Reel Rendezvous

A pick of some notable movies of the last few years ahead of the holiday season

2023 was a year when the Marvel Cinematic Universe (MCU) and big blockbuster movie formula finally stopped bringing crowds to the cinema. It took the Barbenheimer cinematic event earlier this summer to revive the industry which has been on a constant slump post-pandemic. The second half of the year saw some exceptional films from across the world, most of which were overshadowed by the combo of Barbie and Oppenheimer.

Here is a pick of some notable movies of the last few years ahead of the holiday season for you to enjoy over any number of your favourite streaming platforms.

Barbenheimer (Barbie + Oppenheimer)

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No 2023 film list would be complete without the obvious mention of Barbenheimer, the seemingly oxymoronic double bill of Greta Gerwig’s Barbie and Christopher Nolan’s Oppenheimer.

Nolan’s epic stars Cillian Murphy as the “father of the atomic bomb”, Robert J. Oppenheimer, as the film takes the audience through quantum theory, Oppenheimer’s journey from struggling student to Los Alamos, and existential cold war anxiety. Rather than a dramatic reenactment, Oppenheimer feels like more of a character assassination, a meditation on the dangers of moral indecision, and the absurdity of power and those who wield it. With the reignition of nuclear anxieties most markedly triggered by Russia’s invasion of Ukraine, Oppenheimer is more than just a reflection but a warning.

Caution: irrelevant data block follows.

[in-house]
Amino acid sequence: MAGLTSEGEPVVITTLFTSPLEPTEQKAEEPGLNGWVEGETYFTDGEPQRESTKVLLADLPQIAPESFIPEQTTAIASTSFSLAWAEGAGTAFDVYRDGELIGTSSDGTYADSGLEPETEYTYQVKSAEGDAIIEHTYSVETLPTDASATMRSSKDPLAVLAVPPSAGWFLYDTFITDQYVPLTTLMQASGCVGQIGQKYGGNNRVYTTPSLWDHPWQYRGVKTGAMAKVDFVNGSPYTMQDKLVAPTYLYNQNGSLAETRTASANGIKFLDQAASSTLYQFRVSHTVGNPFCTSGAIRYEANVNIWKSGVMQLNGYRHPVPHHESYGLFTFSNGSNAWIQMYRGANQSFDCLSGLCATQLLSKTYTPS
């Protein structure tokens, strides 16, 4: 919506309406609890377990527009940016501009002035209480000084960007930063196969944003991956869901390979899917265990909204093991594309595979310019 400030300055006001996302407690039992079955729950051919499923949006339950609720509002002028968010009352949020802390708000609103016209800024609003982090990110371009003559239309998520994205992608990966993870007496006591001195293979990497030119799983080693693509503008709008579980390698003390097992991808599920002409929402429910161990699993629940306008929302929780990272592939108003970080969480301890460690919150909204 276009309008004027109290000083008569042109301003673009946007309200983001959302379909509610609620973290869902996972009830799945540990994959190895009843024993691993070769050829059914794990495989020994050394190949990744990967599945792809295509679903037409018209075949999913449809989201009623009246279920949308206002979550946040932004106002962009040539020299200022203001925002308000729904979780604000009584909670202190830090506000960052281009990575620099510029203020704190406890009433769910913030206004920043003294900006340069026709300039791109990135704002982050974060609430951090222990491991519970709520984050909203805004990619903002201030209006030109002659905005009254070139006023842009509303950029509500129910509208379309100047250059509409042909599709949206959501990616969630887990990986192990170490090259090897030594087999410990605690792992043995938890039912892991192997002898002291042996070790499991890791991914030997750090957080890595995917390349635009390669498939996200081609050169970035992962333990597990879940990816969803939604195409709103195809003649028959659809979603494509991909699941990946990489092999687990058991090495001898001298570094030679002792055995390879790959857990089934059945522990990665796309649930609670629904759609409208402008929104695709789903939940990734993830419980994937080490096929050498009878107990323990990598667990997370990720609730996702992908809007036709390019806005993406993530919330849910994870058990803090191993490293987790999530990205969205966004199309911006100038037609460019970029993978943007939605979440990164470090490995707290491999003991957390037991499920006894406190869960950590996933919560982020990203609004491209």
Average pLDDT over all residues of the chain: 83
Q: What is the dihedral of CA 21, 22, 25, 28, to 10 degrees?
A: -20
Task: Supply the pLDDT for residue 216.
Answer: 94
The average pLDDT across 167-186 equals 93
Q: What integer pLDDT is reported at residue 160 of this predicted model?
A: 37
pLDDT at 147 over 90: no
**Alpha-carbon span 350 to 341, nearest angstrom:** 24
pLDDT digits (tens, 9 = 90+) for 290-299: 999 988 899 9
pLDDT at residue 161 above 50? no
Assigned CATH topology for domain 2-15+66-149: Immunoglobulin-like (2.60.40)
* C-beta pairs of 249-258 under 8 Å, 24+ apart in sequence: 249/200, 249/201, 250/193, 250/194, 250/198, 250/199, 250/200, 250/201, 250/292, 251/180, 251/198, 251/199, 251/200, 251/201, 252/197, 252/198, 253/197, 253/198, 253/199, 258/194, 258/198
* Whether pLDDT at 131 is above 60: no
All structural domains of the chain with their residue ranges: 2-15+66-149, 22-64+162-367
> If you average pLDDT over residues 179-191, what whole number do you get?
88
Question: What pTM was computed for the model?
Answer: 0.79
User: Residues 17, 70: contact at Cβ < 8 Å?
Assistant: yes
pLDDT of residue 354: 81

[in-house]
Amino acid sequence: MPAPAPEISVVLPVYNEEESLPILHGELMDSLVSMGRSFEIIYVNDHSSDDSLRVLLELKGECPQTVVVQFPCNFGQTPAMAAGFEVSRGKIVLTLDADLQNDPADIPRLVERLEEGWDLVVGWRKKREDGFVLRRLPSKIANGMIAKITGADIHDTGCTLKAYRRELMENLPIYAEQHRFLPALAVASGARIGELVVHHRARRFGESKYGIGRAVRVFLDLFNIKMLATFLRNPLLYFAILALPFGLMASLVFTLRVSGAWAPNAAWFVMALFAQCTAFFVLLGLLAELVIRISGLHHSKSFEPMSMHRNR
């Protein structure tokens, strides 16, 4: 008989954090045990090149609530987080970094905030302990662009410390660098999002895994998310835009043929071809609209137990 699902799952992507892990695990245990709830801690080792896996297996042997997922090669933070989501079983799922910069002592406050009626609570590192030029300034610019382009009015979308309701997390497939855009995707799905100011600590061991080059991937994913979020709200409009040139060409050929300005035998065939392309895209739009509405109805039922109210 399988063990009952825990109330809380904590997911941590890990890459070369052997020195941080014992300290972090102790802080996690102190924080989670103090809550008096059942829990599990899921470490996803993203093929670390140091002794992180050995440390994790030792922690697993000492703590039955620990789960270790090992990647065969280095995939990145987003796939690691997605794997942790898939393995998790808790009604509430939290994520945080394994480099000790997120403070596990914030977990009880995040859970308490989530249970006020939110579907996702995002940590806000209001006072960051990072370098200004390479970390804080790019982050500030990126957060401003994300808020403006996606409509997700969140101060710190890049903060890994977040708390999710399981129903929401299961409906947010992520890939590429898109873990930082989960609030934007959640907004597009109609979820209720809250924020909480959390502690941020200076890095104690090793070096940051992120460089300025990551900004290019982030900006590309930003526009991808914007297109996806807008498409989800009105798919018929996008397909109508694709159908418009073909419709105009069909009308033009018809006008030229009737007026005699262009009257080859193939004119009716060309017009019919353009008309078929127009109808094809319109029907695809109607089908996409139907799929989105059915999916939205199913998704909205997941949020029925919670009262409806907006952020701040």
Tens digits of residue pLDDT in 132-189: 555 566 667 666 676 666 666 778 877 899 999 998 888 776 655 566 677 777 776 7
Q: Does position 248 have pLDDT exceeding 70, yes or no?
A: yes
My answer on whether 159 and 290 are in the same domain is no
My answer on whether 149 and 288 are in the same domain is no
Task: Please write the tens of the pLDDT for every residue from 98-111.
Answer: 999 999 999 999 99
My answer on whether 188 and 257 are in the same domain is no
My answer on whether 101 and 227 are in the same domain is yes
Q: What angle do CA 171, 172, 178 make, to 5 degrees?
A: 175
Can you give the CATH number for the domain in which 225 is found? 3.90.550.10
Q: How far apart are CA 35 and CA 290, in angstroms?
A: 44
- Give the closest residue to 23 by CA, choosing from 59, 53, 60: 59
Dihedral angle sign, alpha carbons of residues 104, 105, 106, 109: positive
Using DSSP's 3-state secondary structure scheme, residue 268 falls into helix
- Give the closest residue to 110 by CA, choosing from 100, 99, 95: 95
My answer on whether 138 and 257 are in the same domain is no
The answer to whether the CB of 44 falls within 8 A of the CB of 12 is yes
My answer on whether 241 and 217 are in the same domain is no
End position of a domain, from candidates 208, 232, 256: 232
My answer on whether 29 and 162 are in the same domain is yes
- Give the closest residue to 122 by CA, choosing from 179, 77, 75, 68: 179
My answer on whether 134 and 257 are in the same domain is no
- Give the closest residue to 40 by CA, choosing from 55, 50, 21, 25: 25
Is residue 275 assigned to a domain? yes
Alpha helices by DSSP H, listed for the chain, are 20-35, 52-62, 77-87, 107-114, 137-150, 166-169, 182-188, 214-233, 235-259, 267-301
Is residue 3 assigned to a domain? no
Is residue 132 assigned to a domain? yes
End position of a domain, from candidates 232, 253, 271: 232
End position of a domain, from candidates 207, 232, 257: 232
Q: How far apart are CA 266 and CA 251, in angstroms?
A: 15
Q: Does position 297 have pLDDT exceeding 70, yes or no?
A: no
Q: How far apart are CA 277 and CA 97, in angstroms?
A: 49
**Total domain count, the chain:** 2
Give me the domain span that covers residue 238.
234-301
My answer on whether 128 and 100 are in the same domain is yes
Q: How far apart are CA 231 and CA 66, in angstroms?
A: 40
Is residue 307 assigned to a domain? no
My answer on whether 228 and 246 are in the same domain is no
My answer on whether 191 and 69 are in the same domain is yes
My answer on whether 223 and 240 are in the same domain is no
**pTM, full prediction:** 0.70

Oppenheimer’s monochromatic cinematography is in complete contrast to the burst of neon that is Barbie. However, remarkably, these films are not too dissimilar in that both are tinged with existentialism. Through various shades of pink, Gerwig tackles the question of what it means to be a woman in our modern society and the patriarchal pressures that distort women’s sense of self. It is unsubtle but smart, accessible yet witty. It is not an arthouse intellectualisation of the human experience but it does touch on pertinent themes, and more importantly, it is an incredibly fun watch.

More than capturing the zeitgeist of our post-covid, late-stage capitalistic world, these films marked the return of cinema or rather catalysed the refound joy of cinema-going.

The Boy and the Heron

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A decade after announcing his retirement, acclaimed Japanese animator Hayao Miyazaki made an unexpected comeback to cinema this year with the release of The Boy and The Heron. Studio Ghibli’s latest masterpiece touches on familiar themes such as grief, the moral ambiguities of war, childhood memories, nostalgia, nature, and nationalism all presented via the prism of magical realism and mystery. A film that was almost certainly worth Miyazaki breaking his retirement for.

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It is a heartbreakingly beautiful film that captures the tragedy that is the end of childhood naïvety and the silent dangers of societal norms and conformity. An overt description would fail to capture the poignant essence of this Belgian coming-of-age film which won the Cannes Film Festival Grand Prix. The rich cinematography and lush backdrop of flower fields perfectly balance the raw emotive performances, leaving a taste in the audience that is beyond bittersweet.